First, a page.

"The determination of the PSNI to bring those who killed Lisa Dorrian to justice is as strong today as it has ever been," he said.
"The purpose of the search operation is two-fold: firstly, I want to recover Lisa's body and allow the Dorrian family to finally put Lisa to rest.
"And, secondly, I am looking for evidence relating to her disappearance."
The senior officer described the relationship between police and Lisa's family as very positive and confirmed that they were notified in advance of the planned search and have been updated on the current position of the investigation.
Police believe Lisa was secretly buried by two men known to each other, only one of whom was known to Lisa.
Earlier this year DS Murphy revealed that he believes the killer and his accomplice share a close "bond" which is why they have not given each other up.
"I firmly believe that the answers to Lisa's disappearance lie with a small number of people," he said. "They may believe that they are bound by a common bond and have maintained their silence as a result. That silence will be a heavy and lifelong burden. We can help to unlock that burden, but we cannot do so whilst they remain silent."
One theory is that the killer summoned his father to help transport Lisa's body in a car before she was buried near the spot where she vanished.
Security sources do not believe the murder was premeditated, meaning that her disappearance was rushed.
However, the initial police investigation focused on a group of criminals who Lisa owed money to, allowing the real killer and his accomplice time to cover their tracks and remove DNA traces.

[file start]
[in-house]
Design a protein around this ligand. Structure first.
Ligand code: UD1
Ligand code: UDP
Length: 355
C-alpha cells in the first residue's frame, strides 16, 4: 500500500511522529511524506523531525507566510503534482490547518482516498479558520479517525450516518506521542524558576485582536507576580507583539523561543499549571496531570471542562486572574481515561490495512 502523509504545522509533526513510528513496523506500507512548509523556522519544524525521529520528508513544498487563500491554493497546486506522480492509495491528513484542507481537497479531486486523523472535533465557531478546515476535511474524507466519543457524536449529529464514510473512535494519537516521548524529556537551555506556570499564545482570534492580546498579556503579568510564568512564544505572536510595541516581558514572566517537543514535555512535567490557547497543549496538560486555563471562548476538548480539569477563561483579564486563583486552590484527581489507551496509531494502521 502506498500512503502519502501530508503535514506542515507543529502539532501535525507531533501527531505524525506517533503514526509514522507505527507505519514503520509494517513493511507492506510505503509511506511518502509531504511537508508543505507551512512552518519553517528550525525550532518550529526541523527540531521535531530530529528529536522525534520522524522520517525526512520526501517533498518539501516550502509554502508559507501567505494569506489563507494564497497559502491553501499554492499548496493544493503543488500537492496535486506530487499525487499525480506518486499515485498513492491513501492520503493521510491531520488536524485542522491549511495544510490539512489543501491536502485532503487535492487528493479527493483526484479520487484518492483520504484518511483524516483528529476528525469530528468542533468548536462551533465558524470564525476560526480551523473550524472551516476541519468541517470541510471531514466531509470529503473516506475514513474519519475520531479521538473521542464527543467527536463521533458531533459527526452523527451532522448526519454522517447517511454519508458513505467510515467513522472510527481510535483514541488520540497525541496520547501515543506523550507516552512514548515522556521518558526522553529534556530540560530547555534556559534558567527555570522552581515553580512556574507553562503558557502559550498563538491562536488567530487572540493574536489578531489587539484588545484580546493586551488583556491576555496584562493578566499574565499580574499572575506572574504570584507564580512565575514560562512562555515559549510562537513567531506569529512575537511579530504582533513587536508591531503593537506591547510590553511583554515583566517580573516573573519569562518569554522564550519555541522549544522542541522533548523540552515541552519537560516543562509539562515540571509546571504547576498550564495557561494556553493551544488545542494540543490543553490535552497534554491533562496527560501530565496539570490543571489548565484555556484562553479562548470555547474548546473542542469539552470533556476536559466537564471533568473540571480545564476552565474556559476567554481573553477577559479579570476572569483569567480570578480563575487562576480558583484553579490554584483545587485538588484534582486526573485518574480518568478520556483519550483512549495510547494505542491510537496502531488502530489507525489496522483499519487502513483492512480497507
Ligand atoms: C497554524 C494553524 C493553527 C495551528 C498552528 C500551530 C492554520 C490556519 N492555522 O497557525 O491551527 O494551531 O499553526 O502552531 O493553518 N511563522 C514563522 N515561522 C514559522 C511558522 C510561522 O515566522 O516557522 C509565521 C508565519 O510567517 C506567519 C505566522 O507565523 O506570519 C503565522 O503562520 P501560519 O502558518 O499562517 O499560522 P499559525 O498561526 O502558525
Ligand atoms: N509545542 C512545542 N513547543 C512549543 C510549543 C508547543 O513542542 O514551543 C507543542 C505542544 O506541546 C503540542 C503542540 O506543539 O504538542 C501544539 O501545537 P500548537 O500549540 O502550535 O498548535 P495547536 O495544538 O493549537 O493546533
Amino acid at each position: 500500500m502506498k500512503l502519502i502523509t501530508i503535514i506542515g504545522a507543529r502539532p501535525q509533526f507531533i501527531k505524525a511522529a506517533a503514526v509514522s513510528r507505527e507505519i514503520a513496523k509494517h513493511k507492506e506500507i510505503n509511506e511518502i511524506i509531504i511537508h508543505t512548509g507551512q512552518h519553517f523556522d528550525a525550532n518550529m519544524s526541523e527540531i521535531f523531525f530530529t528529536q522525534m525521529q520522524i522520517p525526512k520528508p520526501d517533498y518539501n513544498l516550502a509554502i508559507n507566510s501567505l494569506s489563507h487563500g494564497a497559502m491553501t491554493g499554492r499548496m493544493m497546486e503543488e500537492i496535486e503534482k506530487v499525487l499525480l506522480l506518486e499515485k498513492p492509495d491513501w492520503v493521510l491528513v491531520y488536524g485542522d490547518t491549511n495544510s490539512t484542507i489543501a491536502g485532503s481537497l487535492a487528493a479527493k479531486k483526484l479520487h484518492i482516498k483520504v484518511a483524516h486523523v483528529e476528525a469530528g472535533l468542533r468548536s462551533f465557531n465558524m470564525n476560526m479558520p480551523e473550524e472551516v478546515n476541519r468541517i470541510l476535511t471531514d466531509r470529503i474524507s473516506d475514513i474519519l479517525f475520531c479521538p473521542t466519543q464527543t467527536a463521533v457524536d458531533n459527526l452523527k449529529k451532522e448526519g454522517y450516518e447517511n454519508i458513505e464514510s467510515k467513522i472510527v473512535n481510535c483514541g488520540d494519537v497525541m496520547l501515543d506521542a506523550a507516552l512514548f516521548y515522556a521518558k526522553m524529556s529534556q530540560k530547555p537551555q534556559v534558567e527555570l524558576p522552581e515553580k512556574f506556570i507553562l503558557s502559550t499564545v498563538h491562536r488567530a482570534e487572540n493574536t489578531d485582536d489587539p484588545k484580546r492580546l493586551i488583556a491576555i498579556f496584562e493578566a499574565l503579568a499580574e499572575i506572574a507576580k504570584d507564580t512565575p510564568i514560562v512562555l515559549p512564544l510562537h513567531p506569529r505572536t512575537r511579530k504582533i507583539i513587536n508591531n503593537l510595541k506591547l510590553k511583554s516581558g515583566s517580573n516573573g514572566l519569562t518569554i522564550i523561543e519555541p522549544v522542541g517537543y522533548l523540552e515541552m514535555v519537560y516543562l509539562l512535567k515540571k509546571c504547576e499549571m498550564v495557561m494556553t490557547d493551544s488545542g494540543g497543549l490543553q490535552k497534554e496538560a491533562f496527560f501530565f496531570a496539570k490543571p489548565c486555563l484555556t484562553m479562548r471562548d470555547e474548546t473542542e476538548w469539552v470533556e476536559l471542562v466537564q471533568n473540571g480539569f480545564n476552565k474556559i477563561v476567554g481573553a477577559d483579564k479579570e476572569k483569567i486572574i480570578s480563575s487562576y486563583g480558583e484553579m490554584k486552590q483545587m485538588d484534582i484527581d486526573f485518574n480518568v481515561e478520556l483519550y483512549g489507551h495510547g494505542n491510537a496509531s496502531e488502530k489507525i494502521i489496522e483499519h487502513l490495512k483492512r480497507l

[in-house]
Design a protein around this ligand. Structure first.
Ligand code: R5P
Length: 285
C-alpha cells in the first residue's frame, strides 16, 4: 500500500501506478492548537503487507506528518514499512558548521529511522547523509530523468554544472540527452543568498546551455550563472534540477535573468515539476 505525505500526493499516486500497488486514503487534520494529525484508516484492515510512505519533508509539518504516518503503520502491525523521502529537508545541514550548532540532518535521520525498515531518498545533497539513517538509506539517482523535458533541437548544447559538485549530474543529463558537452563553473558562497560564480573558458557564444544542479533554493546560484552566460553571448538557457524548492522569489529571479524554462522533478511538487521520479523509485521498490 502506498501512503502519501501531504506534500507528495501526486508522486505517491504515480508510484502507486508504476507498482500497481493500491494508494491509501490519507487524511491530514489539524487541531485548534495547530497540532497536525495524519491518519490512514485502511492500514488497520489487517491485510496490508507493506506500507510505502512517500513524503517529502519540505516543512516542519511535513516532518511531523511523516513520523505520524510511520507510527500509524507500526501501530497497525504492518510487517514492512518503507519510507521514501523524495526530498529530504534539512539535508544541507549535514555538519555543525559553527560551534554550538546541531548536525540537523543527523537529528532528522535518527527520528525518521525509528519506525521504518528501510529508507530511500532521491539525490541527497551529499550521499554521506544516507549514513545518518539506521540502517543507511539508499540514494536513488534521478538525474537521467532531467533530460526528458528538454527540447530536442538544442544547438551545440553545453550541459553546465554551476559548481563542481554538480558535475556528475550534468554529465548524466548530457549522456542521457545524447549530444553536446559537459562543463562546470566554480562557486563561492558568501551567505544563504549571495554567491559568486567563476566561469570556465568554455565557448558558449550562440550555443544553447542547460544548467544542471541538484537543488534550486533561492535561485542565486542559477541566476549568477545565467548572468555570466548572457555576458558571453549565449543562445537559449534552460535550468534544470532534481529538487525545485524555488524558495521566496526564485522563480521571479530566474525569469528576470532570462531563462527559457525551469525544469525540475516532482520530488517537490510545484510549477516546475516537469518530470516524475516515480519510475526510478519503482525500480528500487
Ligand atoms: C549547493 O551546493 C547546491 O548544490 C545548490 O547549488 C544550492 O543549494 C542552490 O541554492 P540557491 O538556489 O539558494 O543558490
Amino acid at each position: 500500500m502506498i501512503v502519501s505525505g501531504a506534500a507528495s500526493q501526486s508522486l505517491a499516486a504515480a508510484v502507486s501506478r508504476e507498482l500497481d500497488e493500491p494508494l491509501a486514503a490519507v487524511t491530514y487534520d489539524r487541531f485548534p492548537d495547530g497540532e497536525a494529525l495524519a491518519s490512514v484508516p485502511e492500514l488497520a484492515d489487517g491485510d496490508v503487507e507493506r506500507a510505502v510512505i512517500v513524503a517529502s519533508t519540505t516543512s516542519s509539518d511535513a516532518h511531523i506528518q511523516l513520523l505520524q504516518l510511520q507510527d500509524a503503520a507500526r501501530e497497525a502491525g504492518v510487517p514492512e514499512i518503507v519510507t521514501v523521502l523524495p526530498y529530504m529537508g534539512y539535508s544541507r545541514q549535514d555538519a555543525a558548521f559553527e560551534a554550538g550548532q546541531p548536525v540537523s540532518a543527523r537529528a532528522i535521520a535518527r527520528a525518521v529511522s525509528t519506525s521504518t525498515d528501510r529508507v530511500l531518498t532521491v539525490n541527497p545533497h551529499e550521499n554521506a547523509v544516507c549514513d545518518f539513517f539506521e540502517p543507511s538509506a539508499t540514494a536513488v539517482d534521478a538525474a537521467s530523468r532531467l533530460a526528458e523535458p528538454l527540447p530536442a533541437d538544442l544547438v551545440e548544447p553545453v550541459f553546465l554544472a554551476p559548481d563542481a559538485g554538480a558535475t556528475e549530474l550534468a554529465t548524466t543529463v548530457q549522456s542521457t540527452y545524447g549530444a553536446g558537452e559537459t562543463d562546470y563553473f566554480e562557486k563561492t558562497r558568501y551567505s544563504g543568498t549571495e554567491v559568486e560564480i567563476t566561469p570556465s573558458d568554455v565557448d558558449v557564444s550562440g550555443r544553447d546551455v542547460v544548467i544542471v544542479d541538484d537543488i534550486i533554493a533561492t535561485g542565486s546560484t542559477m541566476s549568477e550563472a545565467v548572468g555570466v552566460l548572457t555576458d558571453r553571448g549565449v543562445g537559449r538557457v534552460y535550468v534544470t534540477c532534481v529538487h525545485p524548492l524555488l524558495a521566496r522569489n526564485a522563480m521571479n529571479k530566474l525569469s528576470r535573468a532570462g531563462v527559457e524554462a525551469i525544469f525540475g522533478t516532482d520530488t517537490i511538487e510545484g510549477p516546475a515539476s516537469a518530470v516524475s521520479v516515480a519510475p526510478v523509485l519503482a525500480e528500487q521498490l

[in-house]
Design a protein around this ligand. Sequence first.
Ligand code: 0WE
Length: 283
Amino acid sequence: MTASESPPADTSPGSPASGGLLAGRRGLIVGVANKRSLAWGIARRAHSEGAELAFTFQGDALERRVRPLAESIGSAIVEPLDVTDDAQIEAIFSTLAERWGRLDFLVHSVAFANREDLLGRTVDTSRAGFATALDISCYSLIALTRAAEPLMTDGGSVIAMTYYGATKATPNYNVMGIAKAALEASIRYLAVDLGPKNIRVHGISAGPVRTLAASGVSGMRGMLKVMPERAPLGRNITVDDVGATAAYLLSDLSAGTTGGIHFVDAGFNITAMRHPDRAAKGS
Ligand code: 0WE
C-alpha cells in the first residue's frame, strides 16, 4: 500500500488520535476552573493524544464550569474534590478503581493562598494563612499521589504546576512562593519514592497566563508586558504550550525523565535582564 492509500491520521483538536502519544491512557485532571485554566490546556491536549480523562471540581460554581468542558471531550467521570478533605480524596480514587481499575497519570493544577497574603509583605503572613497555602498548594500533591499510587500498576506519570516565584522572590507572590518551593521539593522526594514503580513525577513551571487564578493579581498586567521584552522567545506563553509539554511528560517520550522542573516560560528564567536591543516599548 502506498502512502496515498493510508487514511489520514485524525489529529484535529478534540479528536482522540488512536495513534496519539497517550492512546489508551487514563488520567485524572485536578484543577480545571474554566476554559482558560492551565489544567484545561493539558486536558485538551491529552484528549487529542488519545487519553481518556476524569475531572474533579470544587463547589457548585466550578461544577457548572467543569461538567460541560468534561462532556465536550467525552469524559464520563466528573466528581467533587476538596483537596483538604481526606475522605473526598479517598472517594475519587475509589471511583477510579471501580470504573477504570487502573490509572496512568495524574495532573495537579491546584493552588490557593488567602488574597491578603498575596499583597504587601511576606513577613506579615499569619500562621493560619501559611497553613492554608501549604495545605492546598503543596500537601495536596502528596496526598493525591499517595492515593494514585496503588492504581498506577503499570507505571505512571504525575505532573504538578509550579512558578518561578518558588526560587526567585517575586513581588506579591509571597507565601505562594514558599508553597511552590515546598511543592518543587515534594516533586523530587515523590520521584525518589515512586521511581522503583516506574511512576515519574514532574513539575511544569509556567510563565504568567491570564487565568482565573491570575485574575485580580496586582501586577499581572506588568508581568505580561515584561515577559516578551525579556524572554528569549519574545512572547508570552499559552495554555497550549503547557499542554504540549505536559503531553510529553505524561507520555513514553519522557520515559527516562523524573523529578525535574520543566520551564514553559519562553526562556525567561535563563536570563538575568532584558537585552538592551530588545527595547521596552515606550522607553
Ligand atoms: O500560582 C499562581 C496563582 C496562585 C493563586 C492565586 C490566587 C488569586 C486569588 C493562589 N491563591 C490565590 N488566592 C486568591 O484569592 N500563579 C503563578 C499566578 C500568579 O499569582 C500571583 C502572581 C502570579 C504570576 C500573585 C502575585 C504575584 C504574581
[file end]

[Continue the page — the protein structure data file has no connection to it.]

The last person to see Lisa alive in February 2005 was Mark Lovett, then 17 years old.
He told police that he and Lisa fled the caravan where they were partying after hearing noises and seeing flashing lights outside.
No one has been charged with the 25-year-old's murder.
Police have pursued more than 3,500 lines of enquiry and carried out almost 400 searches.
Extensive air, water and land searches around Ballyhalbert, including the use of underwater search teams, failed to yield results in 2005.
A 2012 search of land owned by Jimmy Seales in Comber - who was convicted of an unrelated killing - also proved futile despite information that a vehicle used in Lisa's disappearance had ended up in landfill there.
A 2016 search for the missing shop worker focused on another area of farmland just outside Comber. It was launched after police received fresh information about the murder and saw specialist teams being brought in to look for human remains, however nothing was found. A number of items were removed for further examination but were of no assistance in the probe.
Lisa's father John and sisters Joanne and Michelle have always vowed to never give up looking for her and renewed their resolve following the death of her mum Patricia, in 2015. "We are confident in the investigation and its ability to find Lisa," they previously said.
"The people responsible for hiding my sister's body should know that we will never give up on Lisa, she is too precious.
"We will campaign until the day she is found and can be laid to rest with our mum."